I was a senior in high school. Kristin came in late that day for some reason and I saw her between classes. She is the one who told me the space shuttle exploded. A couple of years earlier, a joke went around about the space shuttle exploding. I forgot the punch line (but remembered I thought the joke was funny) and thought she was going to tell me that joke. The punch line didn't come and my heat sank as I realized she was delivering news and not telling a joke.
I had a schedule that let me leave school at noon since I had no afternoon classes. I went home and had the television on watching the coverage until I had to go to basketball practice later that afternoon.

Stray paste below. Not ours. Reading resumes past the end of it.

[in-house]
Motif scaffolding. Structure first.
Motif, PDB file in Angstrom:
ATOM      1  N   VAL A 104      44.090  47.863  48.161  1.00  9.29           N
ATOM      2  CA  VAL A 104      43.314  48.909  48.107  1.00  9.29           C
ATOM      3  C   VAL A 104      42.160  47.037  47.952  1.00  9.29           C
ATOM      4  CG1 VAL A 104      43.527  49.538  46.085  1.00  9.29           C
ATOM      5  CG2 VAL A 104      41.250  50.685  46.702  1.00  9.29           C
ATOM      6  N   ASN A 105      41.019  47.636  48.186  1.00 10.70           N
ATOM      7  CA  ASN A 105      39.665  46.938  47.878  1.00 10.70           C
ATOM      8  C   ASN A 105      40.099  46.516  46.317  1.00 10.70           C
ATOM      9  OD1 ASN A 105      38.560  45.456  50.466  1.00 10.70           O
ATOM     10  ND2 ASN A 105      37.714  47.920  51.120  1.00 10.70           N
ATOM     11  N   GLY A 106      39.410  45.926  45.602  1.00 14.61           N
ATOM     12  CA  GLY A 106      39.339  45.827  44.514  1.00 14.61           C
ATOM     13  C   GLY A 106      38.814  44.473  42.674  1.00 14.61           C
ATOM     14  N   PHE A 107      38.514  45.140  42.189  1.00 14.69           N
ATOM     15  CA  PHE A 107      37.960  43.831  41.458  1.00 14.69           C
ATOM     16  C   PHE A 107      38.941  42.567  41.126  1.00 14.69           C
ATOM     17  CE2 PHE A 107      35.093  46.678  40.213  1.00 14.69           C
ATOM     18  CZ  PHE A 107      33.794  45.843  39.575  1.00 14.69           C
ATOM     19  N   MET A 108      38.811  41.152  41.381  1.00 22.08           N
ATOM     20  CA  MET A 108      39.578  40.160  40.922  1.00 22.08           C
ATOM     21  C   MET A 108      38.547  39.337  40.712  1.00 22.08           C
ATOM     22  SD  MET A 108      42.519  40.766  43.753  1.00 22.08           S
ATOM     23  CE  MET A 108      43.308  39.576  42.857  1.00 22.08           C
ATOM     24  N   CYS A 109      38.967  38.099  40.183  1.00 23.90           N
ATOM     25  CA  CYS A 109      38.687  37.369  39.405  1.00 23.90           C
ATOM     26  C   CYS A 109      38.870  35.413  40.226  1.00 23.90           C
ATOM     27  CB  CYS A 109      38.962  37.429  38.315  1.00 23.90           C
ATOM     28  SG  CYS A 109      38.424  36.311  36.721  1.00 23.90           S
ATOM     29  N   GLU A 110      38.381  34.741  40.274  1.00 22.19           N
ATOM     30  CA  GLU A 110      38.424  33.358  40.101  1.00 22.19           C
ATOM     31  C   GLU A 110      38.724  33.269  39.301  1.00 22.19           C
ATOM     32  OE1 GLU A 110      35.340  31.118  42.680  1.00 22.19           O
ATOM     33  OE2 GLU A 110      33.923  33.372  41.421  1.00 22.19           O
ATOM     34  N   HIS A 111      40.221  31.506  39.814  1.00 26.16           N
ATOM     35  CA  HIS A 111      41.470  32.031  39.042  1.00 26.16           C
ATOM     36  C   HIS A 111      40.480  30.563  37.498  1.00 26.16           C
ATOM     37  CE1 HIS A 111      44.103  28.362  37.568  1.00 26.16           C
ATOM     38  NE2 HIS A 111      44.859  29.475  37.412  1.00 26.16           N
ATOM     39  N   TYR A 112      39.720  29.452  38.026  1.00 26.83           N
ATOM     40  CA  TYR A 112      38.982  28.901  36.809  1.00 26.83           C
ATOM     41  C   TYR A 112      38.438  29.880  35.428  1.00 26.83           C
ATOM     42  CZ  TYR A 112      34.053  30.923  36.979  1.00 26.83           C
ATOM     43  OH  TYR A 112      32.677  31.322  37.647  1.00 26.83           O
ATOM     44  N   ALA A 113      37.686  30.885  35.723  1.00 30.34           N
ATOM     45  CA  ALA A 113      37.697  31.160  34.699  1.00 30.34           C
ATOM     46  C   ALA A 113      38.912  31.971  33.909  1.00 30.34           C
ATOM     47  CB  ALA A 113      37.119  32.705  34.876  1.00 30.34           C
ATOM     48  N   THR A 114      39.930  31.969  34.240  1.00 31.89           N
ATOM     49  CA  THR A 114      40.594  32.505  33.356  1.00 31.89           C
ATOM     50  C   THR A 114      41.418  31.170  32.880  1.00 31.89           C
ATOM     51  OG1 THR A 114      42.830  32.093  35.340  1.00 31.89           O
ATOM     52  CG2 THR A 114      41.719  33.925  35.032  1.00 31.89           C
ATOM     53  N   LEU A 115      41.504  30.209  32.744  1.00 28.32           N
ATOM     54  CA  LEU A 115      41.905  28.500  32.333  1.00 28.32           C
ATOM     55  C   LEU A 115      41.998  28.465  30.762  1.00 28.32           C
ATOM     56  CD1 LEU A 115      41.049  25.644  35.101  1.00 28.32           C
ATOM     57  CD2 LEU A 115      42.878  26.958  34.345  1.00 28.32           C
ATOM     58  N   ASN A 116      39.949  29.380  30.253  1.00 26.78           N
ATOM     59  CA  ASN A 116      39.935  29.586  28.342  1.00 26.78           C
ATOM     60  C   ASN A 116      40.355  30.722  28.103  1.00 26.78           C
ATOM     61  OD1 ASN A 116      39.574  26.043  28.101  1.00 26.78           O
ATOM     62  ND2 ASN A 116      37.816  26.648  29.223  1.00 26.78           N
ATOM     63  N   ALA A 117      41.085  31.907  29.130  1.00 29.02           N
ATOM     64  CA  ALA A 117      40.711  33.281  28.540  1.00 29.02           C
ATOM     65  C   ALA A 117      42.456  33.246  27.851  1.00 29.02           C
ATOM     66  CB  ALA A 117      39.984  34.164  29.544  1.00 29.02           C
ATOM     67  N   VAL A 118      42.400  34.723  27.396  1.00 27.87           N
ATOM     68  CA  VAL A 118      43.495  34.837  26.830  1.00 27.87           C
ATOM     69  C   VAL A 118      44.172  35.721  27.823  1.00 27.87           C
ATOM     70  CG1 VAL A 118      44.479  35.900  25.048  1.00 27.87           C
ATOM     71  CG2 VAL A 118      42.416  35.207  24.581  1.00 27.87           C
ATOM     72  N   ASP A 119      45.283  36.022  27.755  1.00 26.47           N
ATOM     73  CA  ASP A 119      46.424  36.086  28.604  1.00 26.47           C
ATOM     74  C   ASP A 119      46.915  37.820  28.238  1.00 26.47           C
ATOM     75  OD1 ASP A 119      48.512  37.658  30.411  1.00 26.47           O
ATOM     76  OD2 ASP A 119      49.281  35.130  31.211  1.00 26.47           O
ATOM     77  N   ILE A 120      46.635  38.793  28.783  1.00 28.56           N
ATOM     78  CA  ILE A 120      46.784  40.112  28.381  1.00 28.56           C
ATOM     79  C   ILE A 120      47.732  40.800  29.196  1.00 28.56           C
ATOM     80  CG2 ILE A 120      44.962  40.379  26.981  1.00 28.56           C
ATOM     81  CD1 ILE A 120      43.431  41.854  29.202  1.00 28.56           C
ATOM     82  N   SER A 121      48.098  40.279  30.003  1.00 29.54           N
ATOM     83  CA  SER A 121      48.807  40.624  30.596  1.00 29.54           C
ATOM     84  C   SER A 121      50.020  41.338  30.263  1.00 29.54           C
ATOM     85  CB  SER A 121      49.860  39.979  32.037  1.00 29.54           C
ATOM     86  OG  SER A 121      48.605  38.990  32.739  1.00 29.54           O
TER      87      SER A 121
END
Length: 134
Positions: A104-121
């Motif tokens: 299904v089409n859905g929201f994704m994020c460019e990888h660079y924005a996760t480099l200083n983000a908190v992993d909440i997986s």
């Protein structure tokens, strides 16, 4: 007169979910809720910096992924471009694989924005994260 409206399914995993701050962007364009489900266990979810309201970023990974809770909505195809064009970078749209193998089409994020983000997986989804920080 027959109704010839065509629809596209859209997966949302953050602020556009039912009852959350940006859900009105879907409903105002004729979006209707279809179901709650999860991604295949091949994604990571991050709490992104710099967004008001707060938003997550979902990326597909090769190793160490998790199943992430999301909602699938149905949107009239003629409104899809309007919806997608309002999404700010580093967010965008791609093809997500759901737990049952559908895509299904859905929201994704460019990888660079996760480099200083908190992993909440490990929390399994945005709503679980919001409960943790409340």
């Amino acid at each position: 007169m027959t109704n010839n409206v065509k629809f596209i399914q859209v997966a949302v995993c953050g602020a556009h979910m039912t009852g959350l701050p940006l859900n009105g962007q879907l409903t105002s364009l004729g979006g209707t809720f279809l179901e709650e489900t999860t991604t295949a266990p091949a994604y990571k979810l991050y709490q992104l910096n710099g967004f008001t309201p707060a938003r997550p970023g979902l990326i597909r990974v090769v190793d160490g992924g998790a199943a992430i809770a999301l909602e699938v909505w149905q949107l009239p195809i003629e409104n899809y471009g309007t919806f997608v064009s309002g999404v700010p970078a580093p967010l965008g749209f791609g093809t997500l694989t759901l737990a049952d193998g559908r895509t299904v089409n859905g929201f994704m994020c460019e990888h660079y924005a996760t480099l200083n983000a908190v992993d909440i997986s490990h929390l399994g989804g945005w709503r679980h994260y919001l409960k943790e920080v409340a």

I was not born at the time of the Apollo 1 fire (January 24th, 1967) which had its 44th Anniversary yesterday. For a good personal account of this tragedy, read Gene Kranz's excellent book Failure is Not an Option. It captures both technical and personal aspects of the Apollo 1 fire that almost derailed the Apollo program.
The 8th Anniversary of the Columbia accident is next week, February 1st. I heard about it on NPR listening to Weekend Edition. I was living in Racine at the time and remember the publicity surrounding Laurel Clark, a Horlick high grad (I was performing in a show at the time and remember driving by Horlick and seeing all the news trucks around it that evening). One year the Kiwanis Club sold Christmas ornaments honoring the Columbia astronauts at Zoo Lights. I bought one even though I never put up a Christmas tree.NASA holds a Day of Remembrance each January since its major accidents are clustered at this time of year. I definitely remember all the NASA astronauts we have lost.
Reprinted with permission from the Half-Astrophysicist Blog.